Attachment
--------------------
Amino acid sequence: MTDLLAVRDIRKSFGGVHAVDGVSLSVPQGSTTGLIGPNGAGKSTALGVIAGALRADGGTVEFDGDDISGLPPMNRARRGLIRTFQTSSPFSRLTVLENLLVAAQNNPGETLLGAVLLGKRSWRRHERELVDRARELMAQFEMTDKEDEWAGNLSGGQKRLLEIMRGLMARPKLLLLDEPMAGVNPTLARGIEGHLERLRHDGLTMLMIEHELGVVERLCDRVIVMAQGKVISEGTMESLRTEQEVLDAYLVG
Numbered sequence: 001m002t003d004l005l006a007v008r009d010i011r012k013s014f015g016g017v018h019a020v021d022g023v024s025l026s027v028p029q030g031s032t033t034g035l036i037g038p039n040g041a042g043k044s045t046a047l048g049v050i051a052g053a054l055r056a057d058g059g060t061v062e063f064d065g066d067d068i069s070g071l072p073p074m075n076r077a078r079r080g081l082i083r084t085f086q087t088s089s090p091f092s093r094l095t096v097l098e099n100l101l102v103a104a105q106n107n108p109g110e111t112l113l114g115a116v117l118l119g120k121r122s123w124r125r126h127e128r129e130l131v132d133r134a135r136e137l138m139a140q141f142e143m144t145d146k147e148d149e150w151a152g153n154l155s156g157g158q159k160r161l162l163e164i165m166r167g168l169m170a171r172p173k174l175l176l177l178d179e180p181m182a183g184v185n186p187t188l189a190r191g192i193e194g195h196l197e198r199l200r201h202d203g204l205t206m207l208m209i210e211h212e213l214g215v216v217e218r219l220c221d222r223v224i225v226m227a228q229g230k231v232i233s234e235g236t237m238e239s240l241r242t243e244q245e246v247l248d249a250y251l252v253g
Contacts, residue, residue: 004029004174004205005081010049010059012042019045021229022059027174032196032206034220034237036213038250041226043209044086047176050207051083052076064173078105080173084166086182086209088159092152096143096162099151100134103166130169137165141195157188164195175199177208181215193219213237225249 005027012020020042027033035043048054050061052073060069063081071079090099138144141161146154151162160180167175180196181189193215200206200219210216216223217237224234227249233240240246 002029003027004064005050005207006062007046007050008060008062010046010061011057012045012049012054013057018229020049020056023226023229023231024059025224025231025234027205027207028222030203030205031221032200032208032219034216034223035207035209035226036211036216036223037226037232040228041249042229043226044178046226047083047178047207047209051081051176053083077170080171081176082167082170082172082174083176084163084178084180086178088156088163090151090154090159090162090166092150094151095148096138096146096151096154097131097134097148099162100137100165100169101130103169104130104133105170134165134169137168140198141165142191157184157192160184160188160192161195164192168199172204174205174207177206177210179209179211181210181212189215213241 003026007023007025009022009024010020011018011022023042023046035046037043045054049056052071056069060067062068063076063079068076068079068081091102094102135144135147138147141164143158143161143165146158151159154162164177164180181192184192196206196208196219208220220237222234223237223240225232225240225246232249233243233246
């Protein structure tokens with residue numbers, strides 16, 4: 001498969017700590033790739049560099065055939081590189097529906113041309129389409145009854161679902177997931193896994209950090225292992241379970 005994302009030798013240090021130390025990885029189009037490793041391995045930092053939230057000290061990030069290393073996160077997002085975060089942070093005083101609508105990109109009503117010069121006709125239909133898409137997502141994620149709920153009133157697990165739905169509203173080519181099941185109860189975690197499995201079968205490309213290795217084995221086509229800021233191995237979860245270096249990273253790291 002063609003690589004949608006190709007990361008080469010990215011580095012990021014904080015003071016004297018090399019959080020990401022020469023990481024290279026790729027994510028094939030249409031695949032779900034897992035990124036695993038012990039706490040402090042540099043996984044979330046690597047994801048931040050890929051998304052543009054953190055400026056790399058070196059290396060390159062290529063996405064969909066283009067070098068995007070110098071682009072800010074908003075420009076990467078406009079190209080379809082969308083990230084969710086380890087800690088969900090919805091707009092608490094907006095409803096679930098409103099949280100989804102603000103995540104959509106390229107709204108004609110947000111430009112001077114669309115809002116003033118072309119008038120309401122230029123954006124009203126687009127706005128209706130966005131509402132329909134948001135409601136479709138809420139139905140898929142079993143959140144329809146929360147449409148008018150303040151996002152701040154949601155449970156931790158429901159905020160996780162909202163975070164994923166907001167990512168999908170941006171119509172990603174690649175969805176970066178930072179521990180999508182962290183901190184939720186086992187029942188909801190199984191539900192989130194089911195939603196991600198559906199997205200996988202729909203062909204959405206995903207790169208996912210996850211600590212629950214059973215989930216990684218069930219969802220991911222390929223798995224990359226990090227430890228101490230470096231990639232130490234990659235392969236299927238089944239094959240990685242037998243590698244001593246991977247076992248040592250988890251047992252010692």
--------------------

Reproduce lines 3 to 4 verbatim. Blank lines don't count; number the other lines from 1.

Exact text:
Contacts, residue, residue: 004029004174004205005081010049010059012042019045021229022059027174032196032206034220034237036213038250041226043209044086047176050207051083052076064173078105080173084166086182086209088159092152096143096162099151100134103166130169137165141195157188164195175199177208181215193219213237225249 005027012020020042027033035043048054050061052073060069063081071079090099138144141161146154151162160180167175180196181189193215200206200219210216216223217237224234227249233240240246 002029003027004064005050005207006062007046007050008060008062010046010061011057012045012049012054013057018229020049020056023226023229023231024059025224025231025234027205027207028222030203030205031221032200032208032219034216034223035207035209035226036211036216036223037226037232040228041249042229043226044178046226047083047178047207047209051081051176053083077170080171081176082167082170082172082174083176084163084178084180086178088156088163090151090154090159090162090166092150094151095148096138096146096151096154097131097134097148099162100137100165100169101130103169104130104133105170134165134169137168140198141165142191157184157192160184160188160192161195164192168199172204174205174207177206177210179209179211181210181212189215213241 003026007023007025009022009024010020011018011022023042023046035046037043045054049056052071056069060067062068063076063079068076068079068081091102094102135144135147138147141164143158143161143165146158151159154162164177164180181192184192196206196208196219208220220237222234223237223240225232225240225246232249233243233246
């Protein structure tokens with residue numbers, strides 16, 4: 001498969017700590033790739049560099065055939081590189097529906113041309129389409145009854161679902177997931193896994209950090225292992241379970 005994302009030798013240090021130390025990885029189009037490793041391995045930092053939230057000290061990030069290393073996160077997002085975060089942070093005083101609508105990109109009503117010069121006709125239909133898409137997502141994620149709920153009133157697990165739905169509203173080519181099941185109860189975690197499995201079968205490309213290795217084995221086509229800021233191995237979860245270096249990273253790291 002063609003690589004949608006190709007990361008080469010990215011580095012990021014904080015003071016004297018090399019959080020990401022020469023990481024290279026790729027994510028094939030249409031695949032779900034897992035990124036695993038012990039706490040402090042540099043996984044979330046690597047994801048931040050890929051998304052543009054953190055400026056790399058070196059290396060390159062290529063996405064969909066283009067070098068995007070110098071682009072800010074908003075420009076990467078406009079190209080379809082969308083990230084969710086380890087800690088969900090919805091707009092608490094907006095409803096679930098409103099949280100989804102603000103995540104959509106390229107709204108004609110947000111430009112001077114669309115809002116003033118072309119008038120309401122230029123954006124009203126687009127706005128209706130966005131509402132329909134948001135409601136479709138809420139139905140898929142079993143959140144329809146929360147449409148008018150303040151996002152701040154949601155449970156931790158429901159905020160996780162909202163975070164994923166907001167990512168999908170941006171119509172990603174690649175969805176970066178930072179521990180999508182962290183901190184939720186086992187029942188909801190199984191539900192989130194089911195939603196991600198559906199997205200996988202729909203062909204959405206995903207790169208996912210996850211600590212629950214059973215989930216990684218069930219969802220991911222390929223798995224990359226990090227430890228101490230470096231990639232130490234990659235392969236299927238089944239094959240990685242037998243590698244001593246991977247076992248040592250988890251047992252010692």